Our Home Equity Loan Calculator is actually an Excel workbook that consists of 3 different home equity calculators. They will help you answer the following questions: (1) How much money can I borrow? (2) What will my monthly payment will be? (3) How much home equity might I have in 5 years?

A home equity loan is basically just a "second mortgage". The terms are often used interchangeably, and almost any mortgage calculator can be used for a home equity loan. This calculator evaluates a fixed-rate loan, with optional extra payments (which you set up to simulate accelerated bi-weekly payments). If you need an adjustable rate mortgage calculator, you can try the ARM mortgage calculator. If you are looking for a home equity line of credit calculator, try our HELOC calculator.

Home Equity Calculator

for Excel
For: Excel 2007 or later & Excel for iPad/iPhone

Template Details

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"No installation, no macros - just a simple spreadsheet" - by

Description

This Excel workbook is a feature-packed spreadsheet that lets you calculate your monthly payment on a fixed-rate home equity loan. It creates an amortization schedule and allows you to either set up periodic extra payments, or manually enter prepayments in the payment schedule.

How much can I borrow?
- Use the Home Equity Calculator worksheet to estimate how much money you can borrow based upon what you still owe on other mortgage(s) and loans.

How much home equity will I have N years from now?
- Use the Home Equity Loan Calculator worksheet to answer this question, based upon the current value of your home, the appreciation, and the balance of one or two fixed-rate mortgage loans.

How to Use the Home Equity Calculator

The HomeEquity worksheet (the 3rd tab in the workbook) lets you calculate the amount of equity in your home after a number of years. Although it is limited to analyzing fix-rate mortgages, it can be very handy for analyzing your current state, and making useful predictions in case you want to sell your home later.

• How many years will it take to pay off each loan?

• I want to sell my home in 5 years. How much will equity will I build up by then?

• What happens if the value of my home drops? Could I end up oweing more than it's worth? [short answer - yes]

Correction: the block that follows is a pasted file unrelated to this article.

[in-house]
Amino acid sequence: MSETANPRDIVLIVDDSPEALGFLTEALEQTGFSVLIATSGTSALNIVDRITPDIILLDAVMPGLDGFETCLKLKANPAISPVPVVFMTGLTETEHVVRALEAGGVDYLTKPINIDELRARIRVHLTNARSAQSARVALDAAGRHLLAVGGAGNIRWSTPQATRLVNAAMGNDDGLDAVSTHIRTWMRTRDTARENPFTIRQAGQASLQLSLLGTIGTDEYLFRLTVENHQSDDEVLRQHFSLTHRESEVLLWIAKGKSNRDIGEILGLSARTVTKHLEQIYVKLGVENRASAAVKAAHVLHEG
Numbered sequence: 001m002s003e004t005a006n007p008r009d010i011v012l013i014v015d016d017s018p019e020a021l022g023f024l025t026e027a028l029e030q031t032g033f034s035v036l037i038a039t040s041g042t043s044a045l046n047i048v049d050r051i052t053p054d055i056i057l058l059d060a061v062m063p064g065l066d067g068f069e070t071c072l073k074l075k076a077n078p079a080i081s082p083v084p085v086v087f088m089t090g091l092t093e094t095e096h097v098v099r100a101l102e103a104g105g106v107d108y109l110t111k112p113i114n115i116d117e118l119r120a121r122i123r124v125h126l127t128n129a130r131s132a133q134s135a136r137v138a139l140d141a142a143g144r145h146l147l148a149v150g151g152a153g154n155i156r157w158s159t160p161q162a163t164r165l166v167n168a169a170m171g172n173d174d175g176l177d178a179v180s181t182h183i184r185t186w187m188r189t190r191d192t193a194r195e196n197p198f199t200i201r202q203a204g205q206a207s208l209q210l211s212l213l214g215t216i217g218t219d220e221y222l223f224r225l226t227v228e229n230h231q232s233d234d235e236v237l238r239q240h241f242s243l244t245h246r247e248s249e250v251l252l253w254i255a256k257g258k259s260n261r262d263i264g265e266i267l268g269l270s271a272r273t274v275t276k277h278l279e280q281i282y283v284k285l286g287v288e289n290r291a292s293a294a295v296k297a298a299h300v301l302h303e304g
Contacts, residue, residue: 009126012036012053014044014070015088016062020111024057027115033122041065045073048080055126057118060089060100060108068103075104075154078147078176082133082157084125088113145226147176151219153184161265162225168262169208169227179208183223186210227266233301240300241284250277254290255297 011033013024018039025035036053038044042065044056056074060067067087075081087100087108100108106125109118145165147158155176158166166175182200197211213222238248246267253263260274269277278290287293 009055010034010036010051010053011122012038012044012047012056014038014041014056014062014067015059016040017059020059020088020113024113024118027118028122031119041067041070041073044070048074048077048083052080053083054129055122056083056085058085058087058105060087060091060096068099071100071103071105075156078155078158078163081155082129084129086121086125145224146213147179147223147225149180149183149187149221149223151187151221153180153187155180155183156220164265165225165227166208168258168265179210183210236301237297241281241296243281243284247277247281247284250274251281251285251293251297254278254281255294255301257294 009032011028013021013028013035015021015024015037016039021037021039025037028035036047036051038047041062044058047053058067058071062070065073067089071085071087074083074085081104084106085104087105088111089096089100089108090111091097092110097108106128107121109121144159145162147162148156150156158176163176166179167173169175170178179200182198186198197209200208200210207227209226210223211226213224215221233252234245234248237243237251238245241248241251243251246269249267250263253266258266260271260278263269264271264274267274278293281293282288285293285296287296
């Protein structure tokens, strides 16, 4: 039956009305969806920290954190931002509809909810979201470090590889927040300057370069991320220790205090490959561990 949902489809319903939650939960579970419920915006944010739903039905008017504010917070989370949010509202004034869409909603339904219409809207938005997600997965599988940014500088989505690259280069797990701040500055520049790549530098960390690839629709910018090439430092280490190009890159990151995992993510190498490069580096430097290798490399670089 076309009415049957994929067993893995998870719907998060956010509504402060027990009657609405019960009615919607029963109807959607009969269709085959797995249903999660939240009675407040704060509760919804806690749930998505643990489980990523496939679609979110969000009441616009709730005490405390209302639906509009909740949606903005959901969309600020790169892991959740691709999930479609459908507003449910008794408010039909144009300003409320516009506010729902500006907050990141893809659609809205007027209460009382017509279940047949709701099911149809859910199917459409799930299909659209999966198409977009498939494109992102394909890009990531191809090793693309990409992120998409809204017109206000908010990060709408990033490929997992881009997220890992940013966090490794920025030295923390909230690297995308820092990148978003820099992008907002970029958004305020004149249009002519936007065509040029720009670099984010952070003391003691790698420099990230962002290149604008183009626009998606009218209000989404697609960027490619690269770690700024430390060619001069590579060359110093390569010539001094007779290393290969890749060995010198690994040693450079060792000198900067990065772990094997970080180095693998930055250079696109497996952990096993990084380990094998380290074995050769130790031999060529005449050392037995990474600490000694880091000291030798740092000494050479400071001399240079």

It doesn't matter whether you've made prepayments in the past, you just enter the current balance, the annual interest rate, and your monthly payment (not including taxes and insurance). Unlike other home equity loan calculators, this one lets you include your 1st mortgage and your 2nd mortgage (or a home equity loan). It will work for interest-only mortgages (assuming a constant rate), and if you enter a monthly payment larger than the normal amortized monthly payment, it assumes that the extra payment is going towards the principal.

How to use the Home Equity Loan Calculator

The LoanCalculator worksheet (the 1st tab in the workbook) is very similar to our home mortgage calculator. That is because a home equity loan is (usually) just a second standard fixed-rate mortgage, as opposed to a HELOC or Home Equity Line Of Credit which is a different thing altogether. The Loan Calculator worksheet creates an amortization schedule and lets you experiment with how extra payments can help you pay off the loan early and save interest.

Evaluate Bi-Weekly Payment Options

The Home Equity Loan Calculator can be used for estimating the interest savings from accelerated bi-weekly payment plans. Normally, making bi-weekly payments on a home equity loan or mortgage is a convenience that a lender may offer in case you want to coordinate your payments with your bi-weekly paycheck. It is also a way to consistently make extra payments to pay off your loan earlier.

Usually, the bi-weekly payment amount is half of the normal monthly payment, which means that you are also paying extra principal, because you make 26 payments per year. In the home equity loan calculator spreadsheet, you can simulate this by making an extra payment of Payment/12 each month, where Payment is the normal monthly payment. The calculations will be very close to reality, as long as your lender doesn't charge you fees for making prepayments. But, the amortization table probably won't match exactly what your lender provides.